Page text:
{4}  At the time the Petition was filed, there were three civil lawsuits pending by former inmates of the Doña Ana County Detention Center who alleged they had been sexually assaulted by county detention officers while they were incarcerated at the facility.  Two additional civil claims had settled, and there were criminal charges pending against six detention officers based on these same allegations.  Perhaps anticipating additional requests would be forthcoming because of similar tort claims notices and correspondence threatening litigation it received, the County filed a Petition for Declaratory Decree that "the counterveiling [sic] public policy exception to [IPRA justified] a delay" in disclosing the settlement records to Newspaper, "until all related civil claims and criminal proceedings [were] resolved."  The Newspaper counterclaimed that the denial of its request constituted a violation of IPRA and asked the district court to order the County to disclose the records and award it attorney fees.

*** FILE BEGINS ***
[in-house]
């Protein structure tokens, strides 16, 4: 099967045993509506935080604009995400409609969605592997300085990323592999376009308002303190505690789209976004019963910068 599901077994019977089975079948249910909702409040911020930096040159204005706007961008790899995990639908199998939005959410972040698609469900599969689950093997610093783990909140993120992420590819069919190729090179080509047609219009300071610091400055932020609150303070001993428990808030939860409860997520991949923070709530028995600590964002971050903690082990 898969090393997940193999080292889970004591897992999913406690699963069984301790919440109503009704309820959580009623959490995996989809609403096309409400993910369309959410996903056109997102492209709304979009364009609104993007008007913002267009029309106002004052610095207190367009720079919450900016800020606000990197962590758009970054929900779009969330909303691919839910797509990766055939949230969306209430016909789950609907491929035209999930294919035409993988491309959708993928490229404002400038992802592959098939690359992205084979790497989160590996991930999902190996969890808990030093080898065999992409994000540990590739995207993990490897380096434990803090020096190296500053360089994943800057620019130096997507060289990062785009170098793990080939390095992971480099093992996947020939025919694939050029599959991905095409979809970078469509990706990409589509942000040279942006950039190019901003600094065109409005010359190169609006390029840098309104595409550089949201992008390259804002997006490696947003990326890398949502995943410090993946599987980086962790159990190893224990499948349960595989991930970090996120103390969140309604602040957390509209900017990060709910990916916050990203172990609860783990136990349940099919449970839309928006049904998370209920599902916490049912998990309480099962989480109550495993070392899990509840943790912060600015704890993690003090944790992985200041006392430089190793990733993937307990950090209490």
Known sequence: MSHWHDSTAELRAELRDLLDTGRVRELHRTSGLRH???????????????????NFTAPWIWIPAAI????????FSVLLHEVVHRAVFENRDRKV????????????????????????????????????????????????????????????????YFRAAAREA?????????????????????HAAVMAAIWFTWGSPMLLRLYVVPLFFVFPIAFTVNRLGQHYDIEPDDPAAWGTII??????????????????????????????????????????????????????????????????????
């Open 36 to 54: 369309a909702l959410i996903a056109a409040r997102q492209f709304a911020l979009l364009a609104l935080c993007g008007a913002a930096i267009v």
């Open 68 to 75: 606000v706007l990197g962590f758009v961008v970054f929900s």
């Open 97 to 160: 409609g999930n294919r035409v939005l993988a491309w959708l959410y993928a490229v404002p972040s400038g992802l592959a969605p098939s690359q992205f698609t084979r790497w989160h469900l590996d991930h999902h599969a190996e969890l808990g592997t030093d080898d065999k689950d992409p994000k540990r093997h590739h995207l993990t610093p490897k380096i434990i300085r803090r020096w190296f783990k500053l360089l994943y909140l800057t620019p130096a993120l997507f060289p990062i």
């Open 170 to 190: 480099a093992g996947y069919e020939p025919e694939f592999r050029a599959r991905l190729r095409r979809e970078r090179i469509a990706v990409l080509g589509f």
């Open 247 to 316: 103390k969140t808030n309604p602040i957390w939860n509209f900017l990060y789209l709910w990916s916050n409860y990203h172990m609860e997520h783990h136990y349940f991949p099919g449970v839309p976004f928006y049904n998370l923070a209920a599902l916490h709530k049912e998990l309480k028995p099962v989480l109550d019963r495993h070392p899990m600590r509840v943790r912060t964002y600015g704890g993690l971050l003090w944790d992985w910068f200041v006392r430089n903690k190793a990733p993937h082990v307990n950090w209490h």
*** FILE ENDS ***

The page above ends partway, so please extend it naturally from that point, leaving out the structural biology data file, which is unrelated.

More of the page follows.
{5}  Several months after filing the Petition, the County filed a motion for protective order, followed by a motion for summary judgment.  Both motions were denied and the district court issued a "final order" holding that the denial of the County's motion for summary judgment was dispositive of the Newspaper's counterclaim for violation of IPRA and awarded the Newspaper attorney fees in the amount of $3353.  We remanded the case to district court so it could clarify the final order.  The district court entered an Amended Final Order on February 4, 2003, ordering the County to produce the Moreno settlement agreement and any other settlement documents, in related cases, which the Newspaper might request.


{6}  The County sought a protective order to seal the district court record of the summary judgment proceedings and to maintain the information disclosed during the hearing confidential.  The County pursued this avenue in lieu of the in camera review contemplated by Newsome.  90 N.M. at 796, 798, 568 P.2d at 1242, 1244.  The motion asked that the summary judgment hearing also be closed to the public.  We assume the reason for this tack was to allow the parties to argue, and the district court to consider, all of the relevant facts at the summary judgment hearing without making that information public at the hearing.